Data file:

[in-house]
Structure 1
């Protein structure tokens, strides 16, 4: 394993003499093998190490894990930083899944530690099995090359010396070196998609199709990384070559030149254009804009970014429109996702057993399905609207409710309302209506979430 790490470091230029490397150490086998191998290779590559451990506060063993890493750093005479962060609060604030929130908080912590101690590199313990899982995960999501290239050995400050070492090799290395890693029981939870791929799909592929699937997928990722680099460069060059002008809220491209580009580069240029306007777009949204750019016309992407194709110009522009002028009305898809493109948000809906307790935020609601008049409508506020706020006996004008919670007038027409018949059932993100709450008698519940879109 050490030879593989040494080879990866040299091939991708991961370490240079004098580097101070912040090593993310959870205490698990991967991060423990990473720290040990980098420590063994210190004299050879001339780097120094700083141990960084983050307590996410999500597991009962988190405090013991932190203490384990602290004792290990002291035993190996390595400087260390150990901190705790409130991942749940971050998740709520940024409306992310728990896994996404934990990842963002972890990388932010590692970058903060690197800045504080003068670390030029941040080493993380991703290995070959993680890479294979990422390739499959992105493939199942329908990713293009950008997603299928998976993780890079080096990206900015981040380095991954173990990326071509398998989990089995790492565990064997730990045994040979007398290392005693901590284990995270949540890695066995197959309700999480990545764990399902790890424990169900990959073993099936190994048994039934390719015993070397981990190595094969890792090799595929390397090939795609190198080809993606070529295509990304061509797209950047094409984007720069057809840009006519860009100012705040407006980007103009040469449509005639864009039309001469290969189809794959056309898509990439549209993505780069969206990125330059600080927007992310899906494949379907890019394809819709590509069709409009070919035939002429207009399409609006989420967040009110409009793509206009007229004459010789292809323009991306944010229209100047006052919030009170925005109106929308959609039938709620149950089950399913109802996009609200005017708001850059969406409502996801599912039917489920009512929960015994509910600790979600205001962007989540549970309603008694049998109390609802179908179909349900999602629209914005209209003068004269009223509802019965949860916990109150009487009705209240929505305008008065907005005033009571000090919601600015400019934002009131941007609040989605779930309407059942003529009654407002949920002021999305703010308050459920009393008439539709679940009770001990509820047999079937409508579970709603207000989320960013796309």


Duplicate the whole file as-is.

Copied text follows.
[in-house]
Structure 1
């Protein structure tokens, strides 16, 4: 394993003499093998190490894990930083899944530690099995090359010396070196998609199709990384070559030149254009804009970014429109996702057993399905609207409710309302209506979430 790490470091230029490397150490086998191998290779590559451990506060063993890493750093005479962060609060604030929130908080912590101690590199313990899982995960999501290239050995400050070492090799290395890693029981939870791929799909592929699937997928990722680099460069060059002008809220491209580009580069240029306007777009949204750019016309992407194709110009522009002028009305898809493109948000809906307790935020609601008049409508506020706020006996004008919670007038027409018949059932993100709450008698519940879109 050490030879593989040494080879990866040299091939991708991961370490240079004098580097101070912040090593993310959870205490698990991967991060423990990473720290040990980098420590063994210190004299050879001339780097120094700083141990960084983050307590996410999500597991009962988190405090013991932190203490384990602290004792290990002291035993190996390595400087260390150990901190705790409130991942749940971050998740709520940024409306992310728990896994996404934990990842963002972890990388932010590692970058903060690197800045504080003068670390030029941040080493993380991703290995070959993680890479294979990422390739499959992105493939199942329908990713293009950008997603299928998976993780890079080096990206900015981040380095991954173990990326071509398998989990089995790492565990064997730990045994040979007398290392005693901590284990995270949540890695066995197959309700999480990545764990399902790890424990169900990959073993099936190994048994039934390719015993070397981990190595094969890792090799595929390397090939795609190198080809993606070529295509990304061509797209950047094409984007720069057809840009006519860009100012705040407006980007103009040469449509005639864009039309001469290969189809794959056309898509990439549209993505780069969206990125330059600080927007992310899906494949379907890019394809819709590509069709409009070919035939002429207009399409609006989420967040009110409009793509206009007229004459010789292809323009991306944010229209100047006052919030009170925005109106929308959609039938709620149950089950399913109802996009609200005017708001850059969406409502996801599912039917489920009512929960015994509910600790979600205001962007989540549970309603008694049998109390609802179908179909349900999602629209914005209209003068004269009223509802019965949860916990109150009487009705209240929505305008008065907005005033009571000090919601600015400019934002009131941007609040989605779930309407059942003529009654407002949920002021999305703010308050459920009393008439539709679940009770001990509820047999079937409508579970709603207000989320960013796309």